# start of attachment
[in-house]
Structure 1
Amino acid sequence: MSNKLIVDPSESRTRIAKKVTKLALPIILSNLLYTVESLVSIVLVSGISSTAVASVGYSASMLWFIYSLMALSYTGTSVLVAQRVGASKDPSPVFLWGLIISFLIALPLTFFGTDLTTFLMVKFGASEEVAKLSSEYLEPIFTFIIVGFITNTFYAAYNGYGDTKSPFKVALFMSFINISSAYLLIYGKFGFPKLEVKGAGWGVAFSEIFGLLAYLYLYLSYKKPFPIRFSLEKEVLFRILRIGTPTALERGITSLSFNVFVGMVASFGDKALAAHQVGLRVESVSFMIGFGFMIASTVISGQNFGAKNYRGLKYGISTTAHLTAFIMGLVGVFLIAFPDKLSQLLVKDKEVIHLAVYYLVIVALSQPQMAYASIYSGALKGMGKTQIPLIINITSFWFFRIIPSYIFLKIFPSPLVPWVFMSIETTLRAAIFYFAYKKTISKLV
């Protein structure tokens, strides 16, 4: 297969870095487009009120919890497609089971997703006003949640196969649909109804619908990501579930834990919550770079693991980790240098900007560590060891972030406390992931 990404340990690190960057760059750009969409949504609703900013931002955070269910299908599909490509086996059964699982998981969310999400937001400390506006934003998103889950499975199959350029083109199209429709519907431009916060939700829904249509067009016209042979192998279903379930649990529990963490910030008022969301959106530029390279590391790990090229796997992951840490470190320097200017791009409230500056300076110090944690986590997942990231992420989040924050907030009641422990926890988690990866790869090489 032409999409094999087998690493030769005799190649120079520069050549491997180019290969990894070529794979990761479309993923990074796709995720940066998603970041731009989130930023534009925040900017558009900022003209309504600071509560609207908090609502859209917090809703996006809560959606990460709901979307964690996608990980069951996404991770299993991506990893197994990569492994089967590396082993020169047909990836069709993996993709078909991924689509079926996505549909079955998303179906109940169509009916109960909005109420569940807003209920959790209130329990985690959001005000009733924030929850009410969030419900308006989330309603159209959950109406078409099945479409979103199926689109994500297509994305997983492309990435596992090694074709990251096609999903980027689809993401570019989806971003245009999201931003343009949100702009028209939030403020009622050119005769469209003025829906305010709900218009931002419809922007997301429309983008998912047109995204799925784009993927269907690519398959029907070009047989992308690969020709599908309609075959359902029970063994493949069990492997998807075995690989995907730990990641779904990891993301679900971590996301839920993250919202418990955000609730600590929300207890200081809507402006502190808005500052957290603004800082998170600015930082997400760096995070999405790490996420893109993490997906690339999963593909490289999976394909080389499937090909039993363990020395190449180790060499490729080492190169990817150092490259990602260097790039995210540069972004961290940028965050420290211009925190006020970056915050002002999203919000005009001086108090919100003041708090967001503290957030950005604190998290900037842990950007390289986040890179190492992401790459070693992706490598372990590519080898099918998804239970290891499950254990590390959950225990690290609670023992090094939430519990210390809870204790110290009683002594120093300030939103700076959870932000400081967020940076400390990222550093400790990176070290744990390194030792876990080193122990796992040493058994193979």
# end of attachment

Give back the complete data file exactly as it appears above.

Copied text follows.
[in-house]
Structure 1
Amino acid sequence: MSNKLIVDPSESRTRIAKKVTKLALPIILSNLLYTVESLVSIVLVSGISSTAVASVGYSASMLWFIYSLMALSYTGTSVLVAQRVGASKDPSPVFLWGLIISFLIALPLTFFGTDLTTFLMVKFGASEEVAKLSSEYLEPIFTFIIVGFITNTFYAAYNGYGDTKSPFKVALFMSFINISSAYLLIYGKFGFPKLEVKGAGWGVAFSEIFGLLAYLYLYLSYKKPFPIRFSLEKEVLFRILRIGTPTALERGITSLSFNVFVGMVASFGDKALAAHQVGLRVESVSFMIGFGFMIASTVISGQNFGAKNYRGLKYGISTTAHLTAFIMGLVGVFLIAFPDKLSQLLVKDKEVIHLAVYYLVIVALSQPQMAYASIYSGALKGMGKTQIPLIINITSFWFFRIIPSYIFLKIFPSPLVPWVFMSIETTLRAAIFYFAYKKTISKLV
């Protein structure tokens, strides 16, 4: 297969870095487009009120919890497609089971997703006003949640196969649909109804619908990501579930834990919550770079693991980790240098900007560590060891972030406390992931 990404340990690190960057760059750009969409949504609703900013931002955070269910299908599909490509086996059964699982998981969310999400937001400390506006934003998103889950499975199959350029083109199209429709519907431009916060939700829904249509067009016209042979192998279903379930649990529990963490910030008022969301959106530029390279590391790990090229796997992951840490470190320097200017791009409230500056300076110090944690986590997942990231992420989040924050907030009641422990926890988690990866790869090489 032409999409094999087998690493030769005799190649120079520069050549491997180019290969990894070529794979990761479309993923990074796709995720940066998603970041731009989130930023534009925040900017558009900022003209309504600071509560609207908090609502859209917090809703996006809560959606990460709901979307964690996608990980069951996404991770299993991506990893197994990569492994089967590396082993020169047909990836069709993996993709078909991924689509079926996505549909079955998303179906109940169509009916109960909005109420569940807003209920959790209130329990985690959001005000009733924030929850009410969030419900308006989330309603159209959950109406078409099945479409979103199926689109994500297509994305997983492309990435596992090694074709990251096609999903980027689809993401570019989806971003245009999201931003343009949100702009028209939030403020009622050119005769469209003025829906305010709900218009931002419809922007997301429309983008998912047109995204799925784009993927269907690519398959029907070009047989992308690969020709599908309609075959359902029970063994493949069990492997998807075995690989995907730990990641779904990891993301679900971590996301839920993250919202418990955000609730600590929300207890200081809507402006502190808005500052957290603004800082998170600015930082997400760096995070999405790490996420893109993490997906690339999963593909490289999976394909080389499937090909039993363990020395190449180790060499490729080492190169990817150092490259990602260097790039995210540069972004961290940028965050420290211009925190006020970056915050002002999203919000005009001086108090919100003041708090967001503290957030950005604190998290900037842990950007390289986040890179190492992401790459070693992706490598372990590519080898099918998804239970290891499950254990590390959950225990690290609670023992090094939430519990210390809870204790110290009683002594120093300030939103700076959870932000400081967020940076400390990222550093400790990176070290744990390194030792876990080193122990796992040493058994193979």